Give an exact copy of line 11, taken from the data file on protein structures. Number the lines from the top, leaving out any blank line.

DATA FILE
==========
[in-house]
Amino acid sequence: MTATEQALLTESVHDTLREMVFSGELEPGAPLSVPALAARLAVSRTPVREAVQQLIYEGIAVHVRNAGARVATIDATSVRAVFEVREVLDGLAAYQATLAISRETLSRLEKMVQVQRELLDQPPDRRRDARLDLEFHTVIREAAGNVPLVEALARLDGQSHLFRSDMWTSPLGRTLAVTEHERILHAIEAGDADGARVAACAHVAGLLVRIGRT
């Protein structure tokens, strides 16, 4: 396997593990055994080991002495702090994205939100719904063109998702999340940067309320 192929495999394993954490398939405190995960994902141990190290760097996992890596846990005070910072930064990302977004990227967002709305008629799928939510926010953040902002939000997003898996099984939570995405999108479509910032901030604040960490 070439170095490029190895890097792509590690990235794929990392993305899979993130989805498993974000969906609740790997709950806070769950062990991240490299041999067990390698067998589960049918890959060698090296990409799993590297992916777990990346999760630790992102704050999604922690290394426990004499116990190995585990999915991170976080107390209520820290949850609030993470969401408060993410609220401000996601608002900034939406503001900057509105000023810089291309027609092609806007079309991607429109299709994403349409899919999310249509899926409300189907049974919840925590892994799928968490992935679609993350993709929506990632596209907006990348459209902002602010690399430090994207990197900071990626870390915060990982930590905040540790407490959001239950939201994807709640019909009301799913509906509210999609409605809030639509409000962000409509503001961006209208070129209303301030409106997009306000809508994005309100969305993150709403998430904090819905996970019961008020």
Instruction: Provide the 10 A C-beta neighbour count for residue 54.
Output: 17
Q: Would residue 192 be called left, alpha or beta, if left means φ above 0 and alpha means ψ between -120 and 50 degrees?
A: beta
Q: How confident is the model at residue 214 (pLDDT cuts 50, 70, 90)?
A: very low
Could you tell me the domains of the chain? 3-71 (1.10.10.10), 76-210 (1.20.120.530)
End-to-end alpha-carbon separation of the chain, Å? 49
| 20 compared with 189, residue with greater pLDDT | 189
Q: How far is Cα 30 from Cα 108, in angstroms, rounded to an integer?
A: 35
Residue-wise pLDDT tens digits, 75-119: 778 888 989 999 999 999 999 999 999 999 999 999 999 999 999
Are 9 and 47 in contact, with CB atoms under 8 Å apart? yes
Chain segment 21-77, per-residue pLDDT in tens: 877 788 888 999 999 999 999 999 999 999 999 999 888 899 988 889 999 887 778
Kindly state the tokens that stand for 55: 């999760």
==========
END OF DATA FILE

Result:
End-to-end alpha-carbon separation of the chain, Å? 49